WTF Community

Day 636

Updated 10/17/2018 10:53 AM PDT

1/ Robert Mueller is expected to issue findings after the midterm elections on whether Trump's 2016 campaign colluded with Russia and if Trump obstructed justice during the probe. Rod Rosenstein has indicated that he wants Mueller's probe to conclude as soon as possible. The findings may not be made public since Mueller can only present the findings to Rosenstein, who can then decide what is shared with Congress and what is publicly released. Trump, meanwhile, has signaled that he may replace Jeff Sessions and there are rumors that Rosenstein could resign or also be fired by Trump after the election. (Bloomberg)

This is a companion discussion topic for the original entry at

An inquiry from some Senate Democrats to T…about his financial ties to Saudi Arabia. A request not a subpoena, so it’ll probably get little traction.

Frank Thorp V (NBC producer)

A group of 11 Senate Democrats have sent a letter to Pres Trump asking for him to disclose his and his family’s financial ties to Saudi Arabia —>

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All sorts of mercenaries, including some Americans going after and killing political targets. Here’s an expose on whether We would be liable for murder and war crimes from both Buzzfeed and

Hina Shamsi (ACLU)

The Justice Department has clear authority to investigate a U.S. company and its band of American mercenaries for alleged killings carried out in Yemen, acts which may amount to murder and war crimes. The allegations of killings by the company and its ex-US servicemen, in many instances by their own admission, are presented in an investigative report by Buzzfeed’s Aram Roston. Absent some exculpatory information, these activities appear to include attempted and completed murder of civilians in Yemen at the behest of the United Arab Emirates.

The Buzzfeed report mistakenly states that the mercenaries were “operating in a legal and political gray zone,” and that “whether Spear’s mercenary operation violates US law is surprisingly unclear.” We are always keen to parse different interpretations of law and explore legal ambiguities. But the law here could not be clearer.

Cradling an AK-47 and sucking a lollipop, the former American Green Beret bumped along in the back of an armored SUV as it wound through the darkened streets of Aden. Two other commandos on the mission were former Navy SEALs. As elite US special operations fighters, they had years of specialized training by the US military to protect America. But now they were working for a different master: a private US company that had been hired by the United Arab Emirates, a tiny desert monarchy on the Persian Gulf.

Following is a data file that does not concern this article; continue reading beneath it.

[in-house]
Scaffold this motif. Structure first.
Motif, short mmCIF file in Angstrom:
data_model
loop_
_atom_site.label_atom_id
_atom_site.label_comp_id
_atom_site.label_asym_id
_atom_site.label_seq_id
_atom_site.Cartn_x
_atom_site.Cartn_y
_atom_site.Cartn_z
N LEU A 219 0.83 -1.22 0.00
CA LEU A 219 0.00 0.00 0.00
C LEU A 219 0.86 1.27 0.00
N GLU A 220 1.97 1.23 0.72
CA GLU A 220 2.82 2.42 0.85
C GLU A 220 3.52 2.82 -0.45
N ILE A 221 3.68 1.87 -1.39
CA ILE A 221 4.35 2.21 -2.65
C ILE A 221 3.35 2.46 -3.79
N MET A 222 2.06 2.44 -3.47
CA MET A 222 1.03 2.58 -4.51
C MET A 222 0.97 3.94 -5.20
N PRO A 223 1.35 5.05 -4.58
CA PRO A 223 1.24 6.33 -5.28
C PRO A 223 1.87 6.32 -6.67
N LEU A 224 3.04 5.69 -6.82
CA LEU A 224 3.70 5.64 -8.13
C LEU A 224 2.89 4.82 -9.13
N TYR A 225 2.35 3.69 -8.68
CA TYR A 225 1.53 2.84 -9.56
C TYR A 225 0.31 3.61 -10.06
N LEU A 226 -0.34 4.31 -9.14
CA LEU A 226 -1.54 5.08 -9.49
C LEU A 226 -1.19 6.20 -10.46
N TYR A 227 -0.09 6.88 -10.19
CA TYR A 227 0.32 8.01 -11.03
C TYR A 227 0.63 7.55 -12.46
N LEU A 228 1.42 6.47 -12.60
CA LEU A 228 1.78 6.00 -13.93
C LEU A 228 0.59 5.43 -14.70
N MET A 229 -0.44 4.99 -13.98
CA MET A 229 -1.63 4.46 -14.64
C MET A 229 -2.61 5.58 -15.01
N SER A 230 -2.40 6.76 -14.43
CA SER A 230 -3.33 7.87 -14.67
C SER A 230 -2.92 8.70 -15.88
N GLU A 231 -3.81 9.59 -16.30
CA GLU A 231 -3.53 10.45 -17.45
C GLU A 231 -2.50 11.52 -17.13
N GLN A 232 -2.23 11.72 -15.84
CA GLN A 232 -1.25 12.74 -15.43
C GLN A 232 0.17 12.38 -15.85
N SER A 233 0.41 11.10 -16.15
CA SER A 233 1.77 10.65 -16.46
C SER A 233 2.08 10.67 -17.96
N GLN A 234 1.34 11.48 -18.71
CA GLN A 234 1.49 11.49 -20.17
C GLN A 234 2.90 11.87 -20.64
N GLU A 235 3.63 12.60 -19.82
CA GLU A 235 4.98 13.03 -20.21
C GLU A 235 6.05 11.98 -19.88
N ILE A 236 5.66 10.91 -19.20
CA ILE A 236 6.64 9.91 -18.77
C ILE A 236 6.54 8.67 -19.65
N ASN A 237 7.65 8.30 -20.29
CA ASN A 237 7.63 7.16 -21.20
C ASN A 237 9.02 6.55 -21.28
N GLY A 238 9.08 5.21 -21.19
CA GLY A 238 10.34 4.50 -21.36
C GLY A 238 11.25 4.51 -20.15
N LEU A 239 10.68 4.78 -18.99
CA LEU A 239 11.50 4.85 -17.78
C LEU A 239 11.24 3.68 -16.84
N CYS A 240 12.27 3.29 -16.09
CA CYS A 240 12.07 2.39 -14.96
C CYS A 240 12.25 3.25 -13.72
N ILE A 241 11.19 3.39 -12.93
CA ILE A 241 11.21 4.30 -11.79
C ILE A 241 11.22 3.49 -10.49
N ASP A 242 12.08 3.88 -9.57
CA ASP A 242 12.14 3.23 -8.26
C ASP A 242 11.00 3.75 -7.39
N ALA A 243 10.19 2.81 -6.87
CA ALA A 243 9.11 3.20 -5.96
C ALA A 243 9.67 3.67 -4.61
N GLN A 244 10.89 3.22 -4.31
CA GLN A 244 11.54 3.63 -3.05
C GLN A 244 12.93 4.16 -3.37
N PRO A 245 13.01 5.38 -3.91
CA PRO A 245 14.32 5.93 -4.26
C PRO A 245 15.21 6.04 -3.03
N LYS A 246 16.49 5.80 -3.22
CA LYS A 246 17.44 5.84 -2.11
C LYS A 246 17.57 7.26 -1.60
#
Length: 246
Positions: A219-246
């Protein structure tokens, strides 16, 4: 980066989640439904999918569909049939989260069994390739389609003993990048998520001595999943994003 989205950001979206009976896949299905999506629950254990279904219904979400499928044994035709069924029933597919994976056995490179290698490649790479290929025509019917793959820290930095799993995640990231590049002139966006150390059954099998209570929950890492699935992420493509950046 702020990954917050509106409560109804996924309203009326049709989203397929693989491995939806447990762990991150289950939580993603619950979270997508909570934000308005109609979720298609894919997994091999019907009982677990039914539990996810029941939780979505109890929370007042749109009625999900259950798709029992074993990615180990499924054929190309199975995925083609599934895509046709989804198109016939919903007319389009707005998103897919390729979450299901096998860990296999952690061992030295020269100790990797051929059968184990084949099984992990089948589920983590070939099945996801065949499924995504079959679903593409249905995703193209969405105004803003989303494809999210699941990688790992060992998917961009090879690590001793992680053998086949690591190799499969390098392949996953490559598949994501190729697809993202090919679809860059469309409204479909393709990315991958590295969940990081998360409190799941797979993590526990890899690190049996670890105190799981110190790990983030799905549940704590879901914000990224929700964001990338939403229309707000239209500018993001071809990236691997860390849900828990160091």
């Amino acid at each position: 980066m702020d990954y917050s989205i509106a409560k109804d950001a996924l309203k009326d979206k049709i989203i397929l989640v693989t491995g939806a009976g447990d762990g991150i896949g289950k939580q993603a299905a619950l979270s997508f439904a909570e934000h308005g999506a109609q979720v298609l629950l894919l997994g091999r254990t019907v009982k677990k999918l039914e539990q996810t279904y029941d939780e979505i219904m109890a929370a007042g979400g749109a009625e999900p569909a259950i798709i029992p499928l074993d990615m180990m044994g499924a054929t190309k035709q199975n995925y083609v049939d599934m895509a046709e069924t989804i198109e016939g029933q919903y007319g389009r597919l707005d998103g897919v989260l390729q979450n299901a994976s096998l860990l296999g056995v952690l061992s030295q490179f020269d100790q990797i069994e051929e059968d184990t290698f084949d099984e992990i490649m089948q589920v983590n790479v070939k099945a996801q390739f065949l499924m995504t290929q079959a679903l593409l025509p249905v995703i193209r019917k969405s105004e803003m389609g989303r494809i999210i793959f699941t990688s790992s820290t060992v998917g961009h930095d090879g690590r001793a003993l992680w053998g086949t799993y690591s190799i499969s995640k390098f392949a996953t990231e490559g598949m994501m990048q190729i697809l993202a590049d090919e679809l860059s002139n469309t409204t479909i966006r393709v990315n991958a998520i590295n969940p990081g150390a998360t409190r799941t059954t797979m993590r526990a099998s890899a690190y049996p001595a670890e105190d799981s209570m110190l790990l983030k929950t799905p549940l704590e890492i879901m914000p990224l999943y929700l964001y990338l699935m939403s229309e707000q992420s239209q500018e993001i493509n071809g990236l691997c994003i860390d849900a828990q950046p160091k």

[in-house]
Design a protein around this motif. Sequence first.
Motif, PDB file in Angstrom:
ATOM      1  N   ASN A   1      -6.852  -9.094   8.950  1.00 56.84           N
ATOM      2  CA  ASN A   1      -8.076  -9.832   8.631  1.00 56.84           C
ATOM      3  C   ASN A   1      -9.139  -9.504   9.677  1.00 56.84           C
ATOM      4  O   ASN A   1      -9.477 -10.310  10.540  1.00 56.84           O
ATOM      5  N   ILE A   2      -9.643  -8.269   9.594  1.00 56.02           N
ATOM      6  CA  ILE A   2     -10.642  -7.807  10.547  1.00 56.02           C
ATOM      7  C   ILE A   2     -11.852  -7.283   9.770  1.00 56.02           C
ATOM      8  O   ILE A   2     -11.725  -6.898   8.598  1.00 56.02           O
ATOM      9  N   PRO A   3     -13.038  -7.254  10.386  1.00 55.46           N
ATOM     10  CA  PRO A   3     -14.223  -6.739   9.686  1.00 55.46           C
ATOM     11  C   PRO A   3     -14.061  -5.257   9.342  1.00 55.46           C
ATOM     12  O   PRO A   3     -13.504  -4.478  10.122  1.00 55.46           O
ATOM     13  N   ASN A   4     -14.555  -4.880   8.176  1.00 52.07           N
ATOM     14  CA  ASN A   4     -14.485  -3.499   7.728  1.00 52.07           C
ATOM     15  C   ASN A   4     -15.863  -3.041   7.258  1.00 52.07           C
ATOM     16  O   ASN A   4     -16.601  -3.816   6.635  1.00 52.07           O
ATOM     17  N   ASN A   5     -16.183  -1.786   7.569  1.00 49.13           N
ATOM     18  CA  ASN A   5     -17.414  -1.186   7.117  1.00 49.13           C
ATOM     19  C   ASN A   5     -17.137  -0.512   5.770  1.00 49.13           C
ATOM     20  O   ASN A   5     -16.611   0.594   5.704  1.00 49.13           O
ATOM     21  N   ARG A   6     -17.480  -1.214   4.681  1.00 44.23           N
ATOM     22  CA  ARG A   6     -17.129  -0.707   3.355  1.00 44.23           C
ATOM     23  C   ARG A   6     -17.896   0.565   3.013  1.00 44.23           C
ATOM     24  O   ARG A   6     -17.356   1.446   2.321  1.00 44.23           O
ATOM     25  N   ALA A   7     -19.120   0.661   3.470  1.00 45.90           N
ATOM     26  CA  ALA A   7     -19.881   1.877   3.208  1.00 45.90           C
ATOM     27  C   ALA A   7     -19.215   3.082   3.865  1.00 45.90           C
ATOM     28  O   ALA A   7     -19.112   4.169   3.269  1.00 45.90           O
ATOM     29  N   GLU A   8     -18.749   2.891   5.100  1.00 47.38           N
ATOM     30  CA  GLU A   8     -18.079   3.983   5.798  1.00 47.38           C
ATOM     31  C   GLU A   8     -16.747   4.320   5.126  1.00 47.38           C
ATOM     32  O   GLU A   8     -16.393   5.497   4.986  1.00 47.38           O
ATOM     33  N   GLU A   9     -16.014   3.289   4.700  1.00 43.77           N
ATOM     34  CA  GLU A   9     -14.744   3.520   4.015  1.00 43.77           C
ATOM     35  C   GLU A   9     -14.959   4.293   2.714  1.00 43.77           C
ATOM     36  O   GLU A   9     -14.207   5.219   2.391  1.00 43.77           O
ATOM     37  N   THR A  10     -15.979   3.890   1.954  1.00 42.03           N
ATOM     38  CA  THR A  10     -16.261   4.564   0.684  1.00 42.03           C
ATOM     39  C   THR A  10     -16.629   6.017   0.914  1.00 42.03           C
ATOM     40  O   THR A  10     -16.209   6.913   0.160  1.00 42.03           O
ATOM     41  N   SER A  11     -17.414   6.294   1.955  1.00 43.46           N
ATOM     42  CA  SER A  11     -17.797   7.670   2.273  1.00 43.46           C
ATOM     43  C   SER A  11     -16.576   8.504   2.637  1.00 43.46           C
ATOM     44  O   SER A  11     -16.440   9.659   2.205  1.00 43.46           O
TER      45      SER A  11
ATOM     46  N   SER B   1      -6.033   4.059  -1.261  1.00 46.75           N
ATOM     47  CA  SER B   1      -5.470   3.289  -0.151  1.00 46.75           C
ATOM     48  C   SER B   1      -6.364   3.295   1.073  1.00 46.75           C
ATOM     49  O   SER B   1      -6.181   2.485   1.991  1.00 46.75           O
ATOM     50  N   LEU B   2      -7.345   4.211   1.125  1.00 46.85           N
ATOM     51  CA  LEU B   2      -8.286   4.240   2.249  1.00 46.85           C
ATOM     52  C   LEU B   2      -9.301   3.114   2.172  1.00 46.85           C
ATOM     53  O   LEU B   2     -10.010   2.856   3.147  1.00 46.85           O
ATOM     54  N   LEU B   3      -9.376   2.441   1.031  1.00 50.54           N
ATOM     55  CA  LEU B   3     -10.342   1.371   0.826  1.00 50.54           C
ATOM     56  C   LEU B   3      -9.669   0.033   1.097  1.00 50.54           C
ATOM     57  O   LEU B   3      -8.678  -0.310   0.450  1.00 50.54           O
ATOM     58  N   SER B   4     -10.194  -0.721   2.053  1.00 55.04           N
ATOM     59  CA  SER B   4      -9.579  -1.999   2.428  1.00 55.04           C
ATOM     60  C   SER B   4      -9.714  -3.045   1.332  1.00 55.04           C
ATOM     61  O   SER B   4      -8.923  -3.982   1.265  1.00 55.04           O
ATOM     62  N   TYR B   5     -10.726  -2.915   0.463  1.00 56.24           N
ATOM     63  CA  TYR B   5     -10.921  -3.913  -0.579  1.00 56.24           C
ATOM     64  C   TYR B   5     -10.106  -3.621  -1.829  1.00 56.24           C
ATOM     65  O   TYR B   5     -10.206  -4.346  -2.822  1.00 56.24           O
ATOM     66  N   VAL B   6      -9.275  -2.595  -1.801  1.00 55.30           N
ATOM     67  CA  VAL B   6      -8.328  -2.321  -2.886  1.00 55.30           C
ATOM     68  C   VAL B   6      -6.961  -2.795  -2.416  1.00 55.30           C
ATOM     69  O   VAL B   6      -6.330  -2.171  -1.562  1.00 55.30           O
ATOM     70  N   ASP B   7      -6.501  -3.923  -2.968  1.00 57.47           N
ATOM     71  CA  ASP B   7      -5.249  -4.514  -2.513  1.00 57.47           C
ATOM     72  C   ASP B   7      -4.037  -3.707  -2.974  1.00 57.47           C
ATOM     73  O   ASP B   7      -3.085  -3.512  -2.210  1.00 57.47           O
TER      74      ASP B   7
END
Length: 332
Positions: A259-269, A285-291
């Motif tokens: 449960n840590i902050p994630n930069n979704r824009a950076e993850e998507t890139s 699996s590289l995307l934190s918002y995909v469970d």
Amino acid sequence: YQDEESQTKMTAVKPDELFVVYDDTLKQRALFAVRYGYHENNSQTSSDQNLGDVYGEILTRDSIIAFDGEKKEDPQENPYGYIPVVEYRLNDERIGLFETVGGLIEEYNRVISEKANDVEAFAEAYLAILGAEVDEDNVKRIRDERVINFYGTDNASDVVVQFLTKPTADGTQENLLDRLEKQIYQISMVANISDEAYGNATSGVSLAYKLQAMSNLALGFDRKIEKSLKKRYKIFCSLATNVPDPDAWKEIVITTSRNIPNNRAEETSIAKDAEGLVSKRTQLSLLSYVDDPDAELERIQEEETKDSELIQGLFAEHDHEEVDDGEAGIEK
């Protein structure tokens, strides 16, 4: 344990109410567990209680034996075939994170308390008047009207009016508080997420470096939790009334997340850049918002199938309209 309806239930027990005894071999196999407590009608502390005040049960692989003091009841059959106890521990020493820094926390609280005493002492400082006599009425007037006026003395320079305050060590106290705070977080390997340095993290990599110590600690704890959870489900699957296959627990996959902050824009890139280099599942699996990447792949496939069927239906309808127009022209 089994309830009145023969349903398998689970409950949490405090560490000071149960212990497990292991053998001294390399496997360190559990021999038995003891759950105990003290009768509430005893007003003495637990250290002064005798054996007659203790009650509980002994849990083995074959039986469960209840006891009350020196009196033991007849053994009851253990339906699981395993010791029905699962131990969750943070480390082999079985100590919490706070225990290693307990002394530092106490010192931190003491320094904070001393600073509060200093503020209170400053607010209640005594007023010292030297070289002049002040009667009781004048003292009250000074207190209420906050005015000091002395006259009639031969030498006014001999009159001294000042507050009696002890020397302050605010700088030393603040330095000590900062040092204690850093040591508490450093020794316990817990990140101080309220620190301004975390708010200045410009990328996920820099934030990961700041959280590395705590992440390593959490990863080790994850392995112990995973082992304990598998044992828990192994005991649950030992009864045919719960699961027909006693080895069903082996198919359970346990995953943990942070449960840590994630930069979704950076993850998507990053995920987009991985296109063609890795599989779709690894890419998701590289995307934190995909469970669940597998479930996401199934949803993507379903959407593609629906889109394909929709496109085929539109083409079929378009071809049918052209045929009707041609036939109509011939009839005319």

On that night, December 29, 2015, their job was to carry out an assassination.

Their armed attack, described to BuzzFeed News by two of its participants and corroborated by drone surveillance footage, was the first operation in a startling for-profit venture. For months in war-torn Yemen, some of America’s most highly trained soldiers worked on a mercenary mission of murky legality to kill prominent clerics and Islamist political figures.

Their target that night: Anssaf Ali Mayo, the local leader of the Islamist political party Al-Islah. The UAE considers Al-Islah to be the Yemeni branch of the worldwide Muslim Brotherhood, which the UAE calls a terrorist organization. Many experts insist that Al-Islah, one of whose members won the Nobel Peace Prize, is no terror group. They say it’s a legitimate political party that threatens the UAE not through violence but by speaking out against its ambitions in Yemen.


She is calling herself a whistleblower via her lawyers. They are also looking into her boss at FinCen who had several hundred texts they are questioning.

In Wapo’s article.

The court filing said Edwards referred to herself as a whistleblower in the interview, but added while she had previously filed a whistleblower complaint related to her work, that did not involve the SARs disclosures.

The court documents also indicate the FBI has investigated one of Edwards’s bosses, an associate director of FinCEN, noting that person exchanged 325 text messages with the reporter in question during the month when the first story appeared citing SARs reports.

A FinCEN spokesman said Edwards has been placed on administrative leave. He did not respond to a question about the status of the associate director referenced in the indictment.


Glad to see this cooperation between state and federal law enforcement agencies. This is purely a guess on my part, but I’m thinking they may be divvying up who will be prosecuting whom for what. I hope a sizable chunk of the prosecutions go to the state level to prevent pardons from Trump.

The group, which included the federal prosecutors from the US Attorney’s Office for the Southern District of New York who charged Cohen in August and officials from the New York Attorney General’s office, met at the Midtown New York City office of Cohen’s attorney, Guy Petrillo, these people said.

CNN observed Cohen leaving Petrillo’s office building Wednesday afternoon. Assistant US Attorney Tom McKay, the lead prosecutor on the Cohen case, had entered the building earlier in the day. . . .

Cohen has also been in contact with the New York state attorney general’s office since his guilty plea, including shortly after his appearance in federal court, CNN has reported. The AG’s office has a civil lawsuit against the Trump Foundation, and has been coordinating its investigation with the US attorney’s office, CNN has reported.

Excellent feet-on-the-ground sleuthing by CNN. Everyday I thank my lucky stars that I live in a country with a free press. As the WaPo says, “Democracy dies in darkness.”


Yes, there’s got to be a TON of information flow between so many jurisdictions…and more than 50 hours (as of yesterday) now more probably.